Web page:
As you might already know Rob and I are the main frame of Shelter. We started the studio nearly 7 years ago, when we met in Vermont as interns at Yestermorrow Design/Build School. We knew within a few weeks of meeting each other that we wanted to collaborate on everything together - life, work, love, adventure, all of it. I hope you have the pleasure of spending time with Rob at some point - he has the most interesting mind and heart I've had the pleasure to know. This week he digs into textiles from the area that is now the country of Benin in West Africa. More on our Pinterest page. Thank you Rob!
Throughout my childhood there hung a cryptic appliquéd tapestry. Down through the years it moved from childhood home to bedroom to dorm room to apartment and finally here to our studio. A vibrant piece of crude but resonant colors and shapes that to me were completely devoid of meaning. The passing eye catches the bright reds and images of a fish but slowing down stops upon a dismembered leg and a man being hung. A stirring iconography that five years ago I finally found the meaning of.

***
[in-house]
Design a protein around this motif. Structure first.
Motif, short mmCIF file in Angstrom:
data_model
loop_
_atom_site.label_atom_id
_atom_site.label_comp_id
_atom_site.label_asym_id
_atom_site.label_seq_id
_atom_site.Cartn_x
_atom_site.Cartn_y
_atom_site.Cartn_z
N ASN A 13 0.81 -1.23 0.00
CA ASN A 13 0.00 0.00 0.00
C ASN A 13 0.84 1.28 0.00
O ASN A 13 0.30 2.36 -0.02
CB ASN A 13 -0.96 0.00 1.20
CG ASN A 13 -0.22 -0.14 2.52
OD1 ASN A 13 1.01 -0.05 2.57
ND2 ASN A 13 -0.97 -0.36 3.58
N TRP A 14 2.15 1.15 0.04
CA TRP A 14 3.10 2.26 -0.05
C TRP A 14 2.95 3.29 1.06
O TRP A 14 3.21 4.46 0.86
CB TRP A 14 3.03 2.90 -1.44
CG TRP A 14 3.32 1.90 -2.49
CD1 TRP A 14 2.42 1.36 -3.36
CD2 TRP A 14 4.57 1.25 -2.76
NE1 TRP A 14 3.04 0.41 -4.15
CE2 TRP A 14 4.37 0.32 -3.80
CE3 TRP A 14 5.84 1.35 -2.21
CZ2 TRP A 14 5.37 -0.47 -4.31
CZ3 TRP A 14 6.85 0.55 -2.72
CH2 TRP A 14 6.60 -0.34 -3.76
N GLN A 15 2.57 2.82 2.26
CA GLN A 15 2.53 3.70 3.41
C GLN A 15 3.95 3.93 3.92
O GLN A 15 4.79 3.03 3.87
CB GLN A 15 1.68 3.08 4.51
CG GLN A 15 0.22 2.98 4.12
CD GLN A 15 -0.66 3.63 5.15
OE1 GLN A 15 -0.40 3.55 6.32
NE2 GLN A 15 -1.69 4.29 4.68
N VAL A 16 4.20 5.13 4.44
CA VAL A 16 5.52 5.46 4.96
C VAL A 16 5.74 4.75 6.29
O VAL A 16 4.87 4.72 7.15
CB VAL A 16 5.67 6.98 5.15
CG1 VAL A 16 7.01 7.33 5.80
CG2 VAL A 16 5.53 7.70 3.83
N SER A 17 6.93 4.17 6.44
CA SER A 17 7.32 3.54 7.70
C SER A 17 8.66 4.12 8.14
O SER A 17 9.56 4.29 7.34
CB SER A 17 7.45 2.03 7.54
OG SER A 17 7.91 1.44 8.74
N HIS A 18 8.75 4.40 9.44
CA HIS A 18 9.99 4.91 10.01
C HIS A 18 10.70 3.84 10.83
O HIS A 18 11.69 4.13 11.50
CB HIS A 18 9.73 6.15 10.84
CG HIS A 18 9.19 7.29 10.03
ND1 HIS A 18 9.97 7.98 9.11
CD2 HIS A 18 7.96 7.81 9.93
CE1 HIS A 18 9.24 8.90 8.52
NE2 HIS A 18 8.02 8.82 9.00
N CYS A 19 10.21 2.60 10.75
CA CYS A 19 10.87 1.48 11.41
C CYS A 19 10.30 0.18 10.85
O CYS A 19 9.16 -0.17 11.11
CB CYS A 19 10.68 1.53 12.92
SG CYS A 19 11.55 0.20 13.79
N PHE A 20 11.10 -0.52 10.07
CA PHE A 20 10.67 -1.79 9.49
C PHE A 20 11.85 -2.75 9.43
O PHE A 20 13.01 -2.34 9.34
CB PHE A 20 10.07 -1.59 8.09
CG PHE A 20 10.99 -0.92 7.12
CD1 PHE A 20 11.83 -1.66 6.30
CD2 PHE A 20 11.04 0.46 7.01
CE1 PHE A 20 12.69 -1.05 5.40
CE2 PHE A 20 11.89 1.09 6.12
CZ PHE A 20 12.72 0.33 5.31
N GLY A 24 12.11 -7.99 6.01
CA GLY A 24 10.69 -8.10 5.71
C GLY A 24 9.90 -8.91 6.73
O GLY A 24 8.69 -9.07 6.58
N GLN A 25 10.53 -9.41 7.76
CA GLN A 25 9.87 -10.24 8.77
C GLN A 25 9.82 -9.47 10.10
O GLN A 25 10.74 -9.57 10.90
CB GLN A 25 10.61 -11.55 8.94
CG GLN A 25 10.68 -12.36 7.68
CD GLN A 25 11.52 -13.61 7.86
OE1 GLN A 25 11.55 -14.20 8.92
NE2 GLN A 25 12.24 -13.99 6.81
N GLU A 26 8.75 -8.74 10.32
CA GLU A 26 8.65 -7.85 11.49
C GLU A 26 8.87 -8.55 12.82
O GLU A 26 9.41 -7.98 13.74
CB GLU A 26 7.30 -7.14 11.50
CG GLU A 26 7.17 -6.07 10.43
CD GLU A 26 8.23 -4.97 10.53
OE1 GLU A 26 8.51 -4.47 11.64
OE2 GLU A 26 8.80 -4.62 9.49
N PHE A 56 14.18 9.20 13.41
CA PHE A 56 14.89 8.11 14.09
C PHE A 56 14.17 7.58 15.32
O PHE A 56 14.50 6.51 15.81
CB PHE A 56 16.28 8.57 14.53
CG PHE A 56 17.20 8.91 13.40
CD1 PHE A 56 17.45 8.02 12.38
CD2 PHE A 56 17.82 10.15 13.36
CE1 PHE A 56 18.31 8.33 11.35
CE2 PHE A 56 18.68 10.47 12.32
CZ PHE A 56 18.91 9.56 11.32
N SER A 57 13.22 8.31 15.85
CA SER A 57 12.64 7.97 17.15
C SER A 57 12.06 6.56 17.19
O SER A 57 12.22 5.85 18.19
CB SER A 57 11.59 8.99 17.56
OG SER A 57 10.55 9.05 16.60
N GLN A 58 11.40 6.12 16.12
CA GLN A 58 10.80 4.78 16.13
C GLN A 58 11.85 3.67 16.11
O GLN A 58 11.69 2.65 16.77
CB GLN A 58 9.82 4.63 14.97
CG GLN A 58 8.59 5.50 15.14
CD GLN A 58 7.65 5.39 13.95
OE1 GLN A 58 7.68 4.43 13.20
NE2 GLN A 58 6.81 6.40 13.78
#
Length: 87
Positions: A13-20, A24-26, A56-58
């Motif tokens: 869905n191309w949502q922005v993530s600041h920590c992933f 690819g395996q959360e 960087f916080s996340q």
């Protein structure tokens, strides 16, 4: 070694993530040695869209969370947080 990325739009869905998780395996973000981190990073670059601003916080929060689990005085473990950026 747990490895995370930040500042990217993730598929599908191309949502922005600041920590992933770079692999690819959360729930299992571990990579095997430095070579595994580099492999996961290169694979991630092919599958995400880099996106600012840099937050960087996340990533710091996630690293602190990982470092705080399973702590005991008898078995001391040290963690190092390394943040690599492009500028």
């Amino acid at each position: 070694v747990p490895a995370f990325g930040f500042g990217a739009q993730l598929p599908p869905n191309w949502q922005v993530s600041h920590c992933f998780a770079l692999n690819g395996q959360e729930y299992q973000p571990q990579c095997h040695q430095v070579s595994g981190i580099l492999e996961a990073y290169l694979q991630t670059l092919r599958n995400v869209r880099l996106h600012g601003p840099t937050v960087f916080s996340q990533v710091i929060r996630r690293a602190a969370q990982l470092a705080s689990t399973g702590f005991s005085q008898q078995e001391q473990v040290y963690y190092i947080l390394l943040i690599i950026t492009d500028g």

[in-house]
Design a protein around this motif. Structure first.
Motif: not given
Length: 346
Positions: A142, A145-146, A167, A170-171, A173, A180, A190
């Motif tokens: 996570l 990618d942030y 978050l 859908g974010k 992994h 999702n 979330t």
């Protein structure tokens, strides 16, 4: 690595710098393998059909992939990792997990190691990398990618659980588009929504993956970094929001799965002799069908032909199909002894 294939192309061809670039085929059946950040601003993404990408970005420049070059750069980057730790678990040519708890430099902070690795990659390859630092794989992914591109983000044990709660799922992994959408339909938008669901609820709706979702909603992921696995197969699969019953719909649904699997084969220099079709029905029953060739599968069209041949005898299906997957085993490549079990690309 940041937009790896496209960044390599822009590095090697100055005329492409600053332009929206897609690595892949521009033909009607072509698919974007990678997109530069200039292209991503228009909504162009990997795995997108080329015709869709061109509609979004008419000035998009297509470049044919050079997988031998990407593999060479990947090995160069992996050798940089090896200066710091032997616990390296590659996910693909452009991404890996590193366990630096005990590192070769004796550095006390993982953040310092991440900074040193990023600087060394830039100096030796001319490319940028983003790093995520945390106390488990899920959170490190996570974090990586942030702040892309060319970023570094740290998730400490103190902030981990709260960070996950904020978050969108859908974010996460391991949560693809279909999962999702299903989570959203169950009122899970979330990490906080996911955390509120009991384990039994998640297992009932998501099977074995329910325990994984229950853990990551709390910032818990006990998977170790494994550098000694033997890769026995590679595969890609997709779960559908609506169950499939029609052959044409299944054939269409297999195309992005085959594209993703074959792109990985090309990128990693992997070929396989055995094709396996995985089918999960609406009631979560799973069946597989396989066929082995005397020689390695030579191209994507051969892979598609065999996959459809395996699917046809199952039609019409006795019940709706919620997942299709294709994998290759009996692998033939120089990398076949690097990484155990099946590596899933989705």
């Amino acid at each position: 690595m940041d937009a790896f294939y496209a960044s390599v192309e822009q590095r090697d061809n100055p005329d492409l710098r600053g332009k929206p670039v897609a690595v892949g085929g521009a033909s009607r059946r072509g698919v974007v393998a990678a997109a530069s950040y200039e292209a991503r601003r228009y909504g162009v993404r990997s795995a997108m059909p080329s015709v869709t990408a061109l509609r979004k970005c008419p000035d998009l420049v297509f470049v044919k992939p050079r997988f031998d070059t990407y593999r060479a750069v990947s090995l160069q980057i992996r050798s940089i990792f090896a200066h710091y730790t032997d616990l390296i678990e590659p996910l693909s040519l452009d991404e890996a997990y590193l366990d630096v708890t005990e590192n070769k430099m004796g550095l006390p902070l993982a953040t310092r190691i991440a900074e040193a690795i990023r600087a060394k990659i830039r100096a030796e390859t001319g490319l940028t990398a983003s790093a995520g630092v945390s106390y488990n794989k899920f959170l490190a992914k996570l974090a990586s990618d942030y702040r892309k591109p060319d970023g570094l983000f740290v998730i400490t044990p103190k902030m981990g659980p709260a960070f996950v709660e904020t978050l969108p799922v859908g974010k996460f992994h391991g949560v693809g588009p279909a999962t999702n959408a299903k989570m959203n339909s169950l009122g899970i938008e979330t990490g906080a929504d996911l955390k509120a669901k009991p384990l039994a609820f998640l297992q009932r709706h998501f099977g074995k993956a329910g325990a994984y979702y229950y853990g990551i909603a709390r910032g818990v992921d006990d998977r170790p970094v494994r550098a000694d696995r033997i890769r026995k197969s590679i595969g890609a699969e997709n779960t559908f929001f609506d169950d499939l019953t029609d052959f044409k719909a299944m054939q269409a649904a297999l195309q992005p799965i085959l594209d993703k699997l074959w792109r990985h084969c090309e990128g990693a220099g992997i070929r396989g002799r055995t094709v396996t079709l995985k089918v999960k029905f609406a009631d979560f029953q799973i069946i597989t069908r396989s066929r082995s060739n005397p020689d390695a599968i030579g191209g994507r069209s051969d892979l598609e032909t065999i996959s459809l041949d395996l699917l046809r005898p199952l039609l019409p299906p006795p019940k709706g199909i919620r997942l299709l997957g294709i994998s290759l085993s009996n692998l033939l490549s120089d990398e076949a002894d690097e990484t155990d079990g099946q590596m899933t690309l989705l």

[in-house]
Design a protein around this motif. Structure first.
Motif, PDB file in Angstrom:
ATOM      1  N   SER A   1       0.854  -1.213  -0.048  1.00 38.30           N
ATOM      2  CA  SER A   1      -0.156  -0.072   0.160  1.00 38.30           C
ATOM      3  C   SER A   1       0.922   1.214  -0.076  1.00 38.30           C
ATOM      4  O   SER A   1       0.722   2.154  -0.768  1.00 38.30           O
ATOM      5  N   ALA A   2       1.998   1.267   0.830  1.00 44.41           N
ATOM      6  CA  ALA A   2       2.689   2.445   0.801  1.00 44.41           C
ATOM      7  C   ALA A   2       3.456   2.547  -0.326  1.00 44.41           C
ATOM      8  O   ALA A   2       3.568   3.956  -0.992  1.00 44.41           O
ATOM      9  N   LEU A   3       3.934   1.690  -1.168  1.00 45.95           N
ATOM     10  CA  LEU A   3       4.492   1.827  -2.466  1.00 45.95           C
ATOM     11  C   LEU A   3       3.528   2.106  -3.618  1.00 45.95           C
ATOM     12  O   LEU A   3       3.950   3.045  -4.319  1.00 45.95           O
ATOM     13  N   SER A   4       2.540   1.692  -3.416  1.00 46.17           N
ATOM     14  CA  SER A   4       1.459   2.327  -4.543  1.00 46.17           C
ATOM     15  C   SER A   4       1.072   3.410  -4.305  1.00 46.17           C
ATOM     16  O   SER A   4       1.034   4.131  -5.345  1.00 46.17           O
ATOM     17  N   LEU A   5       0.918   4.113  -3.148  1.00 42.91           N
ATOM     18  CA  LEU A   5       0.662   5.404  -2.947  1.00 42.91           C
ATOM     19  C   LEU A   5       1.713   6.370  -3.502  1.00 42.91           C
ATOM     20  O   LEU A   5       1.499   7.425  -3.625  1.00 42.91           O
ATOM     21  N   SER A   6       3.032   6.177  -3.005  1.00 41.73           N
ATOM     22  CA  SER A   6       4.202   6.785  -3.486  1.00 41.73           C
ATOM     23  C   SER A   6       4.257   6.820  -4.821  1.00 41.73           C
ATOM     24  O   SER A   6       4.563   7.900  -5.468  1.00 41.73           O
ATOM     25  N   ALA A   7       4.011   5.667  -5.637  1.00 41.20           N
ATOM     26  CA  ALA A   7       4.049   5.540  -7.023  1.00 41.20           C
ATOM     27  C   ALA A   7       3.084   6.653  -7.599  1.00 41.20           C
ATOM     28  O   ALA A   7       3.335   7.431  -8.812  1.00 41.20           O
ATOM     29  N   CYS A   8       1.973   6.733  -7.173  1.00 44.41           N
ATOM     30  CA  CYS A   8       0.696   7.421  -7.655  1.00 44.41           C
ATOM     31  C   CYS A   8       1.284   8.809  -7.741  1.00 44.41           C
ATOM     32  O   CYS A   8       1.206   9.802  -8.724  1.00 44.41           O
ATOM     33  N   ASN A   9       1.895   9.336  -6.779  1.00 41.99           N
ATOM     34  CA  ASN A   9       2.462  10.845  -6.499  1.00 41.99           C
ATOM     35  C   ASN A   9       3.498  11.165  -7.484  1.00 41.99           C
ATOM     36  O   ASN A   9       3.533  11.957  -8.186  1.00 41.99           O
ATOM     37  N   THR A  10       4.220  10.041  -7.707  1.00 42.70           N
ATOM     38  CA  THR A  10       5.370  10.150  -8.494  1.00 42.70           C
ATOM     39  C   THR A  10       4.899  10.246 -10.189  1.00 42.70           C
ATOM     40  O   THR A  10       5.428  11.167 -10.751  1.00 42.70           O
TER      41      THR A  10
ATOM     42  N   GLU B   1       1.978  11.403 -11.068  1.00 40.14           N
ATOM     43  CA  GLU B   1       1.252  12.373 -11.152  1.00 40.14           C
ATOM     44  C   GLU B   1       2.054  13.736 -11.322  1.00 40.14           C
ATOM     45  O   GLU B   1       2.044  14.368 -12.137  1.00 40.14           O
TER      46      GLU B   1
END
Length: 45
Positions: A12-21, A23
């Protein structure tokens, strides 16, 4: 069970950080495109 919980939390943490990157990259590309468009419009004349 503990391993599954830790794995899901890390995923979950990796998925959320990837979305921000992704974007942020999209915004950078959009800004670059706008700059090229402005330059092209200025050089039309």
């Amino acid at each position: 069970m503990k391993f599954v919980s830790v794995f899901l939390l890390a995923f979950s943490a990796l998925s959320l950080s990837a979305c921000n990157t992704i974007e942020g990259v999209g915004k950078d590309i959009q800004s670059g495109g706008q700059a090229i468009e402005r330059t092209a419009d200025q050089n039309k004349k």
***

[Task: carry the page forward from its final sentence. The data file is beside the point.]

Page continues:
Although the piece that hangs on our studio wall is something made for the tourist trade, the technique and imagery is of royal decent; particularly that of the kings of Dahomey in what is now Benin. A complicated past of power consolidation, international trade, slavery, and vodun (voodoo) surrounds this particular piece. Each symbol is a pictogram representing a particular monarch in the nearly 300 year rule of the kings of Dahomey from the 1600's to 1900.
Living with objects from cultures outside of ones own can be complicated. What's sacred to some is rendered cute to others. I've always felt a bit of fear and fascination for this piece though. Vibrant color and bold forms only seem to enhance an iconography of strength and even brutality. I take it as an interesting lesson in the the way the essentials of color and shape inherently have their own power that no amount of cultural appropriation or lost context can deny.